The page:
The other 40 percent of search queries got no clicks at all. This indicates that Google is providing answers to users directly on the search results page. This saves users time and likely plays a role in keeping users coming back.

Combine the fact that approximately 60 percent of queries result in one or more clicks with the fact that 15,000–24,000 searches happen on Google.com in the U.S. each second and we can estimate that at least 9,000–14,400 clicks happen on Google.com in the U.S. each second. These are the clicks that everyone in SEO and SEM are looking to win.

 

5. Only 2.6 percent of Google Search queries result in a click on a paid AdWords ad

This one fact makes the case for SEO. If paid search ads only drive 2.6 percent of clicks, then marketers have to compete for organic clicks.

 

6. 0.9 percent of Google Search queries result in a click on Google Maps

Consumers click from a Google search results page to a Google Map about 1/3 as much as they click on a paid AdWords ad.

 

7. 0.5 percent of Google Search queries result in a click on a Knowledge Panel

Knowledge Panels display information in a sidebar on Google’s desktop search results pages. Although Knowledge Panels take up a lot of real estate, they don’t attract a lot of clicks. So, don’t worry about competing with Knowledge Panels for clicks.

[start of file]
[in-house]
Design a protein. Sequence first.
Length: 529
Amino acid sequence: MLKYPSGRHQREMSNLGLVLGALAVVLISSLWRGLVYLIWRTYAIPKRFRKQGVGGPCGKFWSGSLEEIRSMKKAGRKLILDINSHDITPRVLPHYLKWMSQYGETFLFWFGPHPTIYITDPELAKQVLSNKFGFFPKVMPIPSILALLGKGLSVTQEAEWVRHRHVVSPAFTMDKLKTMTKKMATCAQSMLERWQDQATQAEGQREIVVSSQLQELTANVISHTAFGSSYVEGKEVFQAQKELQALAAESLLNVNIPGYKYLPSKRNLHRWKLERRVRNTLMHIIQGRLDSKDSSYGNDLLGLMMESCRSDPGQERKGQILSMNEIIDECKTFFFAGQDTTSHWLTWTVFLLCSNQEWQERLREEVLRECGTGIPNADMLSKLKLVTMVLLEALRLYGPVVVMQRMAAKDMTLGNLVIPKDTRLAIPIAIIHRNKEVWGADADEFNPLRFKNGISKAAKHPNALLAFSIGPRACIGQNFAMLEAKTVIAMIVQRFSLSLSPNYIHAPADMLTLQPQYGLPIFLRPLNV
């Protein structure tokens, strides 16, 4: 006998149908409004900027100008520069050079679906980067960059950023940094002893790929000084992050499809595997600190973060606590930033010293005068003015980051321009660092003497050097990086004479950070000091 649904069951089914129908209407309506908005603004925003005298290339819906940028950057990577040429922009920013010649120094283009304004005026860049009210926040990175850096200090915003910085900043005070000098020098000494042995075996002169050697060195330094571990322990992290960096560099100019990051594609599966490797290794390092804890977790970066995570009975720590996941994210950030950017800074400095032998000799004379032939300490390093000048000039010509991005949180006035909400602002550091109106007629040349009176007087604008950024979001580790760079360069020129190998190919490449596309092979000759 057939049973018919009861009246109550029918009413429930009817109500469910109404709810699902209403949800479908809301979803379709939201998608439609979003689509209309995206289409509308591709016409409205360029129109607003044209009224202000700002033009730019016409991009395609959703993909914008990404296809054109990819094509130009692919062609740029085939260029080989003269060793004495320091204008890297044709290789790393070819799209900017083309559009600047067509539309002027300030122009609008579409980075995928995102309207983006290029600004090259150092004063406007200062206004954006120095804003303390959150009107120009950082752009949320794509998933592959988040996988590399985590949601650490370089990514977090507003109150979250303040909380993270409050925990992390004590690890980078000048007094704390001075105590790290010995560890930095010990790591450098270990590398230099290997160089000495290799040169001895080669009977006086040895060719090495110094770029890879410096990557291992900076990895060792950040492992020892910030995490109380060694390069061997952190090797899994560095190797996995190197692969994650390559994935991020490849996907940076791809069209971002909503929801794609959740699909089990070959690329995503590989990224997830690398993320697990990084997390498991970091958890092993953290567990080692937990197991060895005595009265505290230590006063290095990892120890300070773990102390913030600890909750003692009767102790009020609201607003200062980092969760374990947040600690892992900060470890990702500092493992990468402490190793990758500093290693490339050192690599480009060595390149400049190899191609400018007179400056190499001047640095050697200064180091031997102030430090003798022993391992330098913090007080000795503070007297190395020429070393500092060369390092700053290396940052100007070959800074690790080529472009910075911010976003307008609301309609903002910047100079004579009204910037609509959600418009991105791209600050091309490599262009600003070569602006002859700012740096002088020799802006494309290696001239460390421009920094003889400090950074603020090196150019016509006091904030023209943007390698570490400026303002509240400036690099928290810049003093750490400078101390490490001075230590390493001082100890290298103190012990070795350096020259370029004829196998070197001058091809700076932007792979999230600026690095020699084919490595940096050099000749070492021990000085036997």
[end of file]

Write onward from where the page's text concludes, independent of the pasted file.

8. Images earn 3 percent of all search clicks

Anyone who has ever wrapped an image with an <a href=””> tag knows that images get clicks. This proves that the consumer’s propensity to click on images applies on search results pages, too.

 

9. Tweets earn .23 percent of all search clicks

Tweets show in approximately 7 percent of search results pages, according to MozCast. From there, tweets attract .23 percent of all search clicks, which is not bad for something that takes a few seconds to publish.

 

10. YouTube videos earn 1.8 percent of all search clicks

YouTube videos show in approximately 6.3 percent of search results pages, according to MozCast. From there, they’re able to attract 1.8 percent of all search clicks. This is a very high rate of engagement, especially compared to the performance of tweets, because YouTube videos show on fewer results pages but attract over 7x more clicks than tweets.